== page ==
Proverbs 2:1–5: “My son, if you receive my words, / And treasure my commands within you, / So that you incline your ear to wisdom, / And apply your heart to understanding; / Yes, if you cry out for discernment, / And lift up your voice for understanding, / If you seek her as silver, / And search for her as for hidden treasures; / Then you will understand the fear of the LORD, / And find the knowledge of God.”

March 5th, 2021 by Pastor Ed in devotional

In the book of Proverbs, wisdom has been personified as a female, making the concept more relational and relatable and less abstract and intangible. In English wisdom is also sometimes referred to as “lady wisdom.” Solomon tells his son, and us that there are hidden treasures to be discovered by burrowing into Scripture, just as old-time miners burrowed into mines looking for veins of gold. If we will spend time digging for the veins of gold found only in God’s Word, they will slowly but surely change our lives, filling us with wisdom, understanding, and discernment. The poet Alfred Lord Tennyson (1809–1892) said, “Knowledge comes, but wisdom lingers.”

We are told to “treasure” Scripture, and that means something more than casually examining it. These sayings from the Holy Spirit must be taken in, stored, and carefully meditated on in our hearts and minds, over and over again. Since God does not change, we who live 3000 years later, find that God is still infinitely more accessible to earnest seekers than to indifferent, casual inquirers. The diligent and honest hunter, searching carefully through God’s Word, is rewarded with more and more insight into the nature, attributes, and power of God.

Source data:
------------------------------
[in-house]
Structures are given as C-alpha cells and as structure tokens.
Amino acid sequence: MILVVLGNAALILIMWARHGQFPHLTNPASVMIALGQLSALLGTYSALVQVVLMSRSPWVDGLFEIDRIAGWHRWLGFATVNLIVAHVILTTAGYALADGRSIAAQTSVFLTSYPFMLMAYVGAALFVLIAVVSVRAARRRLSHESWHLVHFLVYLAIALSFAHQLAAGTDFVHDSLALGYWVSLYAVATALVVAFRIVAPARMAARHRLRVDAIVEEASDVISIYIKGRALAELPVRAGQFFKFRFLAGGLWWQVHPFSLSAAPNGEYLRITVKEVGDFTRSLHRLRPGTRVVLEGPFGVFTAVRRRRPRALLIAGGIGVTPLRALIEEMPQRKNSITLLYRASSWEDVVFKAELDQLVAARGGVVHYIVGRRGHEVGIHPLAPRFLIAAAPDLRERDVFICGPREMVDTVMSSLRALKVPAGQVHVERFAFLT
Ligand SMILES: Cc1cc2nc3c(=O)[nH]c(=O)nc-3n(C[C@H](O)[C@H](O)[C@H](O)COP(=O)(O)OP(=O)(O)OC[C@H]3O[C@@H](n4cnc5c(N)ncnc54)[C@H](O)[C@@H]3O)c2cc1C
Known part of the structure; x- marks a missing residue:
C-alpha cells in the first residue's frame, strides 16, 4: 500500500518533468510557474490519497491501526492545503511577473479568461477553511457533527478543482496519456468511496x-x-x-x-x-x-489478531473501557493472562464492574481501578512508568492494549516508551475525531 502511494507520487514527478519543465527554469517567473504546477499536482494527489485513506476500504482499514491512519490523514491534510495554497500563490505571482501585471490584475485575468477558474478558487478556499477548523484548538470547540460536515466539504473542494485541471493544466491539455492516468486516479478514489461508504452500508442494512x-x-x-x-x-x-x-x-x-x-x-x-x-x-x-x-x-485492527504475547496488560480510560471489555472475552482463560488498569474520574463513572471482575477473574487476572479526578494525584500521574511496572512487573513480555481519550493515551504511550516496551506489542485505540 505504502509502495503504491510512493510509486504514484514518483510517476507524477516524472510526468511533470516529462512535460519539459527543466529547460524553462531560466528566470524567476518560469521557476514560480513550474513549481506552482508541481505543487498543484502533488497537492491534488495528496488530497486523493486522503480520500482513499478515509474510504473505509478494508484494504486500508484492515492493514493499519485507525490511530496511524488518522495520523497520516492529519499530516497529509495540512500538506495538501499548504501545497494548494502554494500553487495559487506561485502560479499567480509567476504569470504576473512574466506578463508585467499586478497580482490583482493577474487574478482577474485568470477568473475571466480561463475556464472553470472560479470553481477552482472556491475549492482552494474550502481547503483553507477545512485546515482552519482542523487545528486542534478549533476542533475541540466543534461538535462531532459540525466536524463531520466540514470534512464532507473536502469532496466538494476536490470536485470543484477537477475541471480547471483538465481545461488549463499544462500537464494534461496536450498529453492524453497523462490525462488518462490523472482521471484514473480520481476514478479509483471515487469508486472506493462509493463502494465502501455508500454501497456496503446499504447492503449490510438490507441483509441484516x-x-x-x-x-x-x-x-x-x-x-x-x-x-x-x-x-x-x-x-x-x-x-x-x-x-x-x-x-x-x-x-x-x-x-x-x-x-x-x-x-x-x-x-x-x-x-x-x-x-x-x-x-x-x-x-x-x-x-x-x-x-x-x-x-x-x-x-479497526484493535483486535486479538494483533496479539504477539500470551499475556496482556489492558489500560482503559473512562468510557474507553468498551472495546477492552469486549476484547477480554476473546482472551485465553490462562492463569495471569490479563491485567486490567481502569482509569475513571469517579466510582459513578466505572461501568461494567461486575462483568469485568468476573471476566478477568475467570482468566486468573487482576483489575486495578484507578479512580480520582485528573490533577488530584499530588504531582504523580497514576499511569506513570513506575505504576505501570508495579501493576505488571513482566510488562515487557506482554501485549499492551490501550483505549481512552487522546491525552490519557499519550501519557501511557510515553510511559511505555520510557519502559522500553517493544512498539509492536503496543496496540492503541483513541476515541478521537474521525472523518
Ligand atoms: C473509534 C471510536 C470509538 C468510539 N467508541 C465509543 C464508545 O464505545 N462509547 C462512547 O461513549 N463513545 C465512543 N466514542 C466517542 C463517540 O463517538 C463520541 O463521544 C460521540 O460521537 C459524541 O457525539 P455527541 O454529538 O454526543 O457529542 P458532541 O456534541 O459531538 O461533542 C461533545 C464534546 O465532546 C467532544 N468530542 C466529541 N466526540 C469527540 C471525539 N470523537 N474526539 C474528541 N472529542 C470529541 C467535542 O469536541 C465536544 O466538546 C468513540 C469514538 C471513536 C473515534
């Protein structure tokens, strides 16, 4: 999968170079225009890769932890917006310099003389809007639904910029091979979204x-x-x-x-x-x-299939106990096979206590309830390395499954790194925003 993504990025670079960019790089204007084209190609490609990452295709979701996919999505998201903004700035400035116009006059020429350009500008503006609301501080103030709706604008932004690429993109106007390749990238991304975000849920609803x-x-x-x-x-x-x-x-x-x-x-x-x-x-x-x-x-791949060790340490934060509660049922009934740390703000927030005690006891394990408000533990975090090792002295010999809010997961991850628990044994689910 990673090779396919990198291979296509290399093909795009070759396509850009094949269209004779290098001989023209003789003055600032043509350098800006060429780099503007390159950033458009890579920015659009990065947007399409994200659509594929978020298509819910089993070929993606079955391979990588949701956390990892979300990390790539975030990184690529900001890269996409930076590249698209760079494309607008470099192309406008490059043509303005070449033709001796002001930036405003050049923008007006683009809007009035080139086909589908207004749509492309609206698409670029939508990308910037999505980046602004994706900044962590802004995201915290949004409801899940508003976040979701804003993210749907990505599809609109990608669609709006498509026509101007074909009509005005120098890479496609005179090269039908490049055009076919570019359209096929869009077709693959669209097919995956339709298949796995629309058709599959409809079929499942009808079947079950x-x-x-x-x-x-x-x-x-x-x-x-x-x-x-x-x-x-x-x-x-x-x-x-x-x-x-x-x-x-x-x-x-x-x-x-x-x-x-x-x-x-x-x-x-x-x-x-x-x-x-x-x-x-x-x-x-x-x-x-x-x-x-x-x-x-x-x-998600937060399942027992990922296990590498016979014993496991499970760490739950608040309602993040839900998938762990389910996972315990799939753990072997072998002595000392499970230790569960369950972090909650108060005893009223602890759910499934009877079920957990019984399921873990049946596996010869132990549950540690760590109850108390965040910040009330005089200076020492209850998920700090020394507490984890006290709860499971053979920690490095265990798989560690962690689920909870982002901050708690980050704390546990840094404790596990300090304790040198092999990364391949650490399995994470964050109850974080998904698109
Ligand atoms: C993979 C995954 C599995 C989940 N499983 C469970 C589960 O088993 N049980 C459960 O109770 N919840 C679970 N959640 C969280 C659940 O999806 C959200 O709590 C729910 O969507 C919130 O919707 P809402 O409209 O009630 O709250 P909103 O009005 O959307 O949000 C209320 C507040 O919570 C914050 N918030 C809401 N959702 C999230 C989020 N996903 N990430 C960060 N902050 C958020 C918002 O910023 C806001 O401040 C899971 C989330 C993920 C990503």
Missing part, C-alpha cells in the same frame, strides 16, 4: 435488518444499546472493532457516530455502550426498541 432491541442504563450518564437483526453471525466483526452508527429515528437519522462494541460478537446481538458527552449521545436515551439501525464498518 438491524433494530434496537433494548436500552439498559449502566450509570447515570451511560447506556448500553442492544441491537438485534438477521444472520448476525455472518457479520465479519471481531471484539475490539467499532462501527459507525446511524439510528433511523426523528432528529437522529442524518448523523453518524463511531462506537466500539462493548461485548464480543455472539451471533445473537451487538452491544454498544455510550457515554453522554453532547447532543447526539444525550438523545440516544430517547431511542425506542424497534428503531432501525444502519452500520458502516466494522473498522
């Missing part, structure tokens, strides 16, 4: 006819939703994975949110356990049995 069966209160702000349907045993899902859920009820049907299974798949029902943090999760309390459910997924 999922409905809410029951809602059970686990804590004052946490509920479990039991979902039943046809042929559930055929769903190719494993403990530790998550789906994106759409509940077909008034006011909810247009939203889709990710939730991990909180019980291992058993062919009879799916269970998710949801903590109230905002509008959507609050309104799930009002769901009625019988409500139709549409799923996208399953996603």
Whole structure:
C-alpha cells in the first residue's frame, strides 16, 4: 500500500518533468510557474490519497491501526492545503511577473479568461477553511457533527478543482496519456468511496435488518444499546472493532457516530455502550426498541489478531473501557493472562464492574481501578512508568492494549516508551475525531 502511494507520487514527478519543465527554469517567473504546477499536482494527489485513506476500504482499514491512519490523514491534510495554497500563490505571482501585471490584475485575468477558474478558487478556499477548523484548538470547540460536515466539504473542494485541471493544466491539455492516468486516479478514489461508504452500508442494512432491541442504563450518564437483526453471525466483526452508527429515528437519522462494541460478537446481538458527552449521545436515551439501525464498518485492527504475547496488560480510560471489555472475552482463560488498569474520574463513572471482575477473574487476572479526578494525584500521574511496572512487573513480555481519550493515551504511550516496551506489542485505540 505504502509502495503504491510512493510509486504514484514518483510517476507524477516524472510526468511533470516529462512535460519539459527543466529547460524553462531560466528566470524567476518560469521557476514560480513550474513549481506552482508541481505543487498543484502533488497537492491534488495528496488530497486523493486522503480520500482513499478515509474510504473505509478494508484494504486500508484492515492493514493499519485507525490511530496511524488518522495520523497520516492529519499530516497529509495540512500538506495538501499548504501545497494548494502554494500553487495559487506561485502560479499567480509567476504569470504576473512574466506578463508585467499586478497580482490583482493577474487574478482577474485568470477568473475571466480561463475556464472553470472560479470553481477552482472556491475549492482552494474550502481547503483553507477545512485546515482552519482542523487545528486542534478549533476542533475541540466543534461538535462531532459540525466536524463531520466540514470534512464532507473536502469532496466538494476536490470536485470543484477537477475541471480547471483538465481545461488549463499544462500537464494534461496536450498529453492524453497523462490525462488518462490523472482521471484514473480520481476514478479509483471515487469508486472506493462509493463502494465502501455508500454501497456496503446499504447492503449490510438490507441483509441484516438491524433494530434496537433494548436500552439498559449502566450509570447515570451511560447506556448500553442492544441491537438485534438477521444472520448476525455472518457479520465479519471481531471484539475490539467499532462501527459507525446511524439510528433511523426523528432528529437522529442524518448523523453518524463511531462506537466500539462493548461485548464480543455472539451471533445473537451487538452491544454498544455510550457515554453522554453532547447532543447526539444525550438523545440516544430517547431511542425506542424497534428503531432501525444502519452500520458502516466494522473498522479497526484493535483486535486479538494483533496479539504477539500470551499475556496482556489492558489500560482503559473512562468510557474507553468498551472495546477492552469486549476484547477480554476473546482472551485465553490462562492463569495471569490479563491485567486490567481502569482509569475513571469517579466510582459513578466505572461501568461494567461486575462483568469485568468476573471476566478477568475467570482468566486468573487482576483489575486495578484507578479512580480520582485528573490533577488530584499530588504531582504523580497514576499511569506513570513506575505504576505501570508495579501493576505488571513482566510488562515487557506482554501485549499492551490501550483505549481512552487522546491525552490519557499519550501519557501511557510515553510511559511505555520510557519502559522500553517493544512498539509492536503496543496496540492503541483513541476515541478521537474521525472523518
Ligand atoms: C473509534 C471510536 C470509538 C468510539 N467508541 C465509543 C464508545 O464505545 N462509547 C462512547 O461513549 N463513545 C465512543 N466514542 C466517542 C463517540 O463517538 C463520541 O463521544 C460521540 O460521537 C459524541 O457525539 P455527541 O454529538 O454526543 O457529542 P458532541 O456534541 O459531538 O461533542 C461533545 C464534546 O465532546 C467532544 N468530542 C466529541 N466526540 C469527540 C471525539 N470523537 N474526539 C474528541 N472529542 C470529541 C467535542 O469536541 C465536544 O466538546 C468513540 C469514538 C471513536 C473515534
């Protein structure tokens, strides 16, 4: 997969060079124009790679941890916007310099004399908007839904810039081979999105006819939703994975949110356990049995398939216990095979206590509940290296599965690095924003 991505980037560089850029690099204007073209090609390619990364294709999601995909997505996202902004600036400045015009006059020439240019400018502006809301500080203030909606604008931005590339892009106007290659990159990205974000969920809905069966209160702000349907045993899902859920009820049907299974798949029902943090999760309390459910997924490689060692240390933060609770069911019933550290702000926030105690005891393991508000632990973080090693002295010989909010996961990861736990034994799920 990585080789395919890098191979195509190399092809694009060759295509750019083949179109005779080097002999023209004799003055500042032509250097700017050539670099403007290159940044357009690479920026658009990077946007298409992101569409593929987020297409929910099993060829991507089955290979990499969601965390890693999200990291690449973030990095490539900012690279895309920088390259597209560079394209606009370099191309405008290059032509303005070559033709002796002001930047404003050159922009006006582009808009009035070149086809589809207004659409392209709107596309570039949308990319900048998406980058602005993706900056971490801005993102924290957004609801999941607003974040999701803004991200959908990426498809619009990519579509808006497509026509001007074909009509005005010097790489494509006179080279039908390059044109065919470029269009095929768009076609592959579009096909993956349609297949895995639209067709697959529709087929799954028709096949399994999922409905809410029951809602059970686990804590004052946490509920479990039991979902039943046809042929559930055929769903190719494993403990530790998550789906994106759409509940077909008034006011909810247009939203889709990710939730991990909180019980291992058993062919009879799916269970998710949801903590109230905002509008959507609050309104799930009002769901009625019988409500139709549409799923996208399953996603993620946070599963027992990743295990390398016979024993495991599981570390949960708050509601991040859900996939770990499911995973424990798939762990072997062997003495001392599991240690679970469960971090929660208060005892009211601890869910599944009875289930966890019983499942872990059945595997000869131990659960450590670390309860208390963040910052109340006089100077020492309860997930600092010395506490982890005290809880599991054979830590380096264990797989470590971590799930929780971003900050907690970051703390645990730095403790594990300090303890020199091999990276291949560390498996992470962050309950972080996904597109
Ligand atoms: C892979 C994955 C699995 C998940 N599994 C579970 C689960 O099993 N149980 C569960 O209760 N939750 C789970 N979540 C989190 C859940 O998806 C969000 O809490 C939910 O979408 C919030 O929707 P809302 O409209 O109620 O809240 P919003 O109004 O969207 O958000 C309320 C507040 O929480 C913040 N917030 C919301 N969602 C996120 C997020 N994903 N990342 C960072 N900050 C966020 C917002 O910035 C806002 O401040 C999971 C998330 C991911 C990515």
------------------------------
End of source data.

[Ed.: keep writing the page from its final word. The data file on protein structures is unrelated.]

If we are only looking casually, we will become like the family of blind mice that lived in a grand piano. Of course they did not know they were blind. From their perspective in their piano world, the music of the instrument filled all their dark lives with sound and harmony. For generations the mice were impressed by it, drawing comfort and wonder from the thought that there was Someone making the music, even though that Being was invisible to them. They loved to think of the Great Player whom they could not see. Then one day a daring mouse climbed up part of the piano and returned very concerned. He had carefully felt around and discovered how the music was made. Wires were the secret, tightly stretched wires of graduated lengths that trembled and vibrated. Based on this new knowledge they had to revise all their old belief system. Now only the simple believed in the Invisible Player. Eventually, another blind explorer discovered that hammers were the secret, countless numbers of hammers dancing and jumping on the wires. This was a much more complicated theory and convinced them all the more that they lived in a purely mechanical and mathematical world. The idea of the Invisible Musician came to be thought of as a myth. But the pianist continued to play. Many in our modern world think themselves wise because of the increasing accumulation of facts about the mechanics of physics, chemistry, and biology. Instead of seeking all the more for the Creator, they become smug, self-satisfied, blind mice.

“LORD, save us from self-satisfied conceit and keep us humbly bowed before You, serving You this day.”